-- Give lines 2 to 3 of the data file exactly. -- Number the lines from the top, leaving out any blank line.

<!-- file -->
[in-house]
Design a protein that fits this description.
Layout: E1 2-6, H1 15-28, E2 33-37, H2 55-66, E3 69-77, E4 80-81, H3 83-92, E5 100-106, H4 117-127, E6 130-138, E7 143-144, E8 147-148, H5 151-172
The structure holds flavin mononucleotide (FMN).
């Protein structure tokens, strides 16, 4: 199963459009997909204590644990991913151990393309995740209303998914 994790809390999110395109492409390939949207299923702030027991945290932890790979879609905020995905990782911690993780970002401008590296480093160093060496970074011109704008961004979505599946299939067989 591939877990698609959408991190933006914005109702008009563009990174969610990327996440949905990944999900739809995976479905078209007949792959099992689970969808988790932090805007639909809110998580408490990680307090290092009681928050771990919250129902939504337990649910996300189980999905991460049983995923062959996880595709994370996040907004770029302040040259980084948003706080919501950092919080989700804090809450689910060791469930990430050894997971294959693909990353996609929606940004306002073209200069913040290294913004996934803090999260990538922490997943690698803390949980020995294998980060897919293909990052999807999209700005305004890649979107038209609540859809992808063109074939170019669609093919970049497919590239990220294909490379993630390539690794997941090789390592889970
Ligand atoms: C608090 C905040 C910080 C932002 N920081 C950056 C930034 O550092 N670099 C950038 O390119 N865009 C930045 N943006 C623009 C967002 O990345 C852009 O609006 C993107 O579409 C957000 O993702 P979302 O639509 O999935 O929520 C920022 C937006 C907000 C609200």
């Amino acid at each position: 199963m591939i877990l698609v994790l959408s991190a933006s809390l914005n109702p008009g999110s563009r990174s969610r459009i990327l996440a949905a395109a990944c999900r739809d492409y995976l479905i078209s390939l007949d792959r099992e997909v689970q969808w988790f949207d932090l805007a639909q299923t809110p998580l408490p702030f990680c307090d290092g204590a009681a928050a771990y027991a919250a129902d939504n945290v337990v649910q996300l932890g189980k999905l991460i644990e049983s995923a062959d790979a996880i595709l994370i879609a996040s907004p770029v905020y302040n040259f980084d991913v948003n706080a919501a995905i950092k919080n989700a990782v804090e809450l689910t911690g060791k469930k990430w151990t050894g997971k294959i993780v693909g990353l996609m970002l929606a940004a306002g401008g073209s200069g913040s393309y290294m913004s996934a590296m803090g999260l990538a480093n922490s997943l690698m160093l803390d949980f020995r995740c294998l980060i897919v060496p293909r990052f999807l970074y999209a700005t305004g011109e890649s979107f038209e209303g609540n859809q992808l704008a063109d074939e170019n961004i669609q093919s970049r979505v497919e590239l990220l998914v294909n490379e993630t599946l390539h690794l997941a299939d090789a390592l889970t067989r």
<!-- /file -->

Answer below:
Design a protein that fits this description.
Layout: E1 2-6, H1 15-28, E2 33-37, H2 55-66, E3 69-77, E4 80-81, H3 83-92, E5 100-106, H4 117-127, E6 130-138, E7 143-144, E8 147-148, H5 151-172